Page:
Would building relationships with social services agencies help your library’s community?  Are you interested to provide more support for immigrants?  Are you curious to explore the viability of partnerships with social workers to offer social service referrals and create staff trainings on topics like diversity, poverty, and social justice? 

Continue reading

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Graphic Medicine Book Discussion Kits

Do you love to lead book discussions?  Are you interested to support the health literacy of your community?  Then, this interview is for you!  Read on to learn more about graphic medicine book discussion kits freely available to your library from the National Network of Libraries of Medicine, New England Region in this interview with Matthew Noe.

Matthew Noe

Matthew Noe, Graphic Medicine Specialist

What is graphic medicine?

Matthew Noe: Graphic medicine refers to the intersection of comics and healthcare, or more bluntly, comic books about health topics. The field has emerged over the past decade-or-so as comics have grown in popularity and acclaim and as the importance of the humanities in medicine has been more widely recognized. These comics range from short, informational books like Pain is Really Strange to critically acclaimed graphic novels like Can’t We Talk About Something More Pleasant? to children’s comics like Ghosts and Iggy and the Inhalers. Some help us build empathy, while others are meant to teach us something in a fun, accessible way, and the field grows by the day!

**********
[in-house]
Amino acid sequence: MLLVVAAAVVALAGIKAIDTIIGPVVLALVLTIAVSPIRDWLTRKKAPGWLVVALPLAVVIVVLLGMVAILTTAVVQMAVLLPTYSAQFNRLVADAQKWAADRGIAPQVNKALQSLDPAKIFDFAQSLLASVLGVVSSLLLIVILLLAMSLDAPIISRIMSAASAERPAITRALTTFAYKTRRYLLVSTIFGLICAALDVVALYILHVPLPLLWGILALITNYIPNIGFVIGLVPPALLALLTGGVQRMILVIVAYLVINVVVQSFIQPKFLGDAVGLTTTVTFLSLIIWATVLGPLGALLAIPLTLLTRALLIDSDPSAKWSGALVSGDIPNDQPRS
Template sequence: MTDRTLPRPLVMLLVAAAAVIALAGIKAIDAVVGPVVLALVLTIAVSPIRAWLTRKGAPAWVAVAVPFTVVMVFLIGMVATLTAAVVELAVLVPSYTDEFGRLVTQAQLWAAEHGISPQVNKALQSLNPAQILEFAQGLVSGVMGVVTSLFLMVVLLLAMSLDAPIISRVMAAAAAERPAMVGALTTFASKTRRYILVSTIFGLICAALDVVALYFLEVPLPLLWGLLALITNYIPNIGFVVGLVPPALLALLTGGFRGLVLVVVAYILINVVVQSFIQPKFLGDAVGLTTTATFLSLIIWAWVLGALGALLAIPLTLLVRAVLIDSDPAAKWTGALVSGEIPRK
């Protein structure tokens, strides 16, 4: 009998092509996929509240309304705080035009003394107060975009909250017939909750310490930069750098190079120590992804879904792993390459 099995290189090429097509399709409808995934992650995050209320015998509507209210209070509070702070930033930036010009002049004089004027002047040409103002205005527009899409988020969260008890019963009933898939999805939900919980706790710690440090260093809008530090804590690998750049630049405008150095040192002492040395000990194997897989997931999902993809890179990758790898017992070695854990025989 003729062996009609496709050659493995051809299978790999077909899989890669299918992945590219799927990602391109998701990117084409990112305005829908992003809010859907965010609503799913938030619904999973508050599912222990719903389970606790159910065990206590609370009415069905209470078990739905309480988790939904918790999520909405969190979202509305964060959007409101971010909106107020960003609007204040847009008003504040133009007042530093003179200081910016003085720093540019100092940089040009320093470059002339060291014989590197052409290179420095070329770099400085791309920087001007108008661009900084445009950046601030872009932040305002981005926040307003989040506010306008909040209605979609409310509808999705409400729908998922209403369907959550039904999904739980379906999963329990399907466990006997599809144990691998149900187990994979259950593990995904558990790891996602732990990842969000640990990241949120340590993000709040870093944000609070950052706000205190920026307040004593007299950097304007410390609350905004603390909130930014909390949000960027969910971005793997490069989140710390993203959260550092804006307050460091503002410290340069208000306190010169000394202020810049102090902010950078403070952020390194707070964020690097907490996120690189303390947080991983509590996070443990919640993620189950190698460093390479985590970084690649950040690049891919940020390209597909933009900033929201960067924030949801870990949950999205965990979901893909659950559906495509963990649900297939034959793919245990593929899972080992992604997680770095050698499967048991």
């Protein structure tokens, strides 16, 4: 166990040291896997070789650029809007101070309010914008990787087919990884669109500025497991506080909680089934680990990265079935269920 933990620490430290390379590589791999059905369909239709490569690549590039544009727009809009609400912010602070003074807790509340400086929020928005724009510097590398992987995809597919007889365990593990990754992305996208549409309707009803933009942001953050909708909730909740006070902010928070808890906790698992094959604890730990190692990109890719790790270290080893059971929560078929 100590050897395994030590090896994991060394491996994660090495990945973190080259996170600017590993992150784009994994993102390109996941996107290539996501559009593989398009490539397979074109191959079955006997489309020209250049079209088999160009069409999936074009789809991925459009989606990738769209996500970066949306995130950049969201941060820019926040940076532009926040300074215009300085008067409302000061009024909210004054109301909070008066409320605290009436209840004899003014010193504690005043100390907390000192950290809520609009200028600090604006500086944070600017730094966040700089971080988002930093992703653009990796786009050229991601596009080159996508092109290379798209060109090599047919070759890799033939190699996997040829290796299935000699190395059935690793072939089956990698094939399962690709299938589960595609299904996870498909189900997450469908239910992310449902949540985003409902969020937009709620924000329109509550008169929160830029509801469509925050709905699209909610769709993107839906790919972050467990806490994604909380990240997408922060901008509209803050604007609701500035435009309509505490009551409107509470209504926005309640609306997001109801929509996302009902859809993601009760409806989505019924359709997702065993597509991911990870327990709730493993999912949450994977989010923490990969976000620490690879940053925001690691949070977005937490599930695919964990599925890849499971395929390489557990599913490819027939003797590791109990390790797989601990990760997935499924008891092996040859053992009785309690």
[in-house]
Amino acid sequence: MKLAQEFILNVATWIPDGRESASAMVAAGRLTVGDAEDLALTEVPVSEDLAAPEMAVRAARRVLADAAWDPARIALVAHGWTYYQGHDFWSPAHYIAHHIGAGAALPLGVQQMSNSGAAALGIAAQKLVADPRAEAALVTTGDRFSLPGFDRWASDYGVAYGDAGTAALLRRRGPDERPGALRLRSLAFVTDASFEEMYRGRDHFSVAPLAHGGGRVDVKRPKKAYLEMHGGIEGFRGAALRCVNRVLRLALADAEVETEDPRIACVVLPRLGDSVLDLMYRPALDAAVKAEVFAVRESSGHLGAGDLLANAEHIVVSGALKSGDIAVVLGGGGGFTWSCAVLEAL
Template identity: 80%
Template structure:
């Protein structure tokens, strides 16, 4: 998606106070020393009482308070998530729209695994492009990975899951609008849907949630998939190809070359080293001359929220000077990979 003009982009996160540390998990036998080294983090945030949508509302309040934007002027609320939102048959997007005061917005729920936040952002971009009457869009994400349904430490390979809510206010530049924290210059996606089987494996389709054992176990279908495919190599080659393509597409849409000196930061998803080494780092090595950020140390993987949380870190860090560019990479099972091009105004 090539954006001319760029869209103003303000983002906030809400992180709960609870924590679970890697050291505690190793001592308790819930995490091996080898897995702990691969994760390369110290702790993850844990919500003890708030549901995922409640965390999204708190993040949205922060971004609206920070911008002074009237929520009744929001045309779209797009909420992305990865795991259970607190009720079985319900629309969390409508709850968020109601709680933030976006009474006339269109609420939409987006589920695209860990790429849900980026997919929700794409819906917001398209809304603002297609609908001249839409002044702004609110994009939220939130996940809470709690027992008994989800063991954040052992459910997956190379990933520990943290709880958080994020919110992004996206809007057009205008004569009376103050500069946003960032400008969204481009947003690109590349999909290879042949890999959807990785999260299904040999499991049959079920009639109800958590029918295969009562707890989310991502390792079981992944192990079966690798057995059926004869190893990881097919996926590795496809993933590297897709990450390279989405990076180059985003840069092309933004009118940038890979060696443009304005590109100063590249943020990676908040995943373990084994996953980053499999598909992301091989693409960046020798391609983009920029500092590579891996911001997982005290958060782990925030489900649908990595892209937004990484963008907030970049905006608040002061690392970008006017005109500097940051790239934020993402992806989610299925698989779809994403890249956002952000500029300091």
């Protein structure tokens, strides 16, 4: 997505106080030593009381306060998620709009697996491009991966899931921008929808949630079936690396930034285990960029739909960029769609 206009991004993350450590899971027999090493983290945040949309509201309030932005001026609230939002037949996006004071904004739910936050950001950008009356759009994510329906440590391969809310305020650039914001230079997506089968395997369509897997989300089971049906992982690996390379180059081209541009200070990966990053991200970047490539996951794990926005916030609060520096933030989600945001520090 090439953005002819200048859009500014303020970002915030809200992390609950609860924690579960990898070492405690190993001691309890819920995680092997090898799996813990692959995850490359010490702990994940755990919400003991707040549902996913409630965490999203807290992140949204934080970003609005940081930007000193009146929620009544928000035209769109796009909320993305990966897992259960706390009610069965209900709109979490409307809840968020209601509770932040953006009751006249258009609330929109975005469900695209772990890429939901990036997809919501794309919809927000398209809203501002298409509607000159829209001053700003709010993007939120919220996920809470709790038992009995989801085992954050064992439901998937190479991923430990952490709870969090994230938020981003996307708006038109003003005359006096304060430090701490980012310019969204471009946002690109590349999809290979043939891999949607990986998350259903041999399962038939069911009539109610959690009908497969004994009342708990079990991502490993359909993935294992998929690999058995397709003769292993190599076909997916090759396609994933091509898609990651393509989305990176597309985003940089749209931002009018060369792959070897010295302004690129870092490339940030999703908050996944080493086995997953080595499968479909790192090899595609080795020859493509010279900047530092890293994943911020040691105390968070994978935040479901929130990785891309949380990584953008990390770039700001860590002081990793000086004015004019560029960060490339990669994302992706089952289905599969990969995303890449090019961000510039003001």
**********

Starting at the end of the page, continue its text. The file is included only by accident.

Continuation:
Tell us about the NNLM NER’s Graphic Medicine Book Club Kits. 

The kits are an idea I had while visiting the Ypsilanti District Library, where they built a large graphic medicine collection, including loanable book club kits, via an ALA Will Eisner Grant. The idea is that many of the people who might have an interest in graphic medicine aren’t in a position to purchase the books and/or aren’t familiar with running a book club. Our kits address both of these issues by lending graphic novels and sharing a discussion guide and supplementary consumer health materials from the National Library of Medicine. Right now, we have 11 of these kits, on 10 different health topics – the addiction kit proved so immediately popular that we made a second kit. Each kit is typically lent out for a six-week period and I am available for help in planning and running club discussions. Continue reading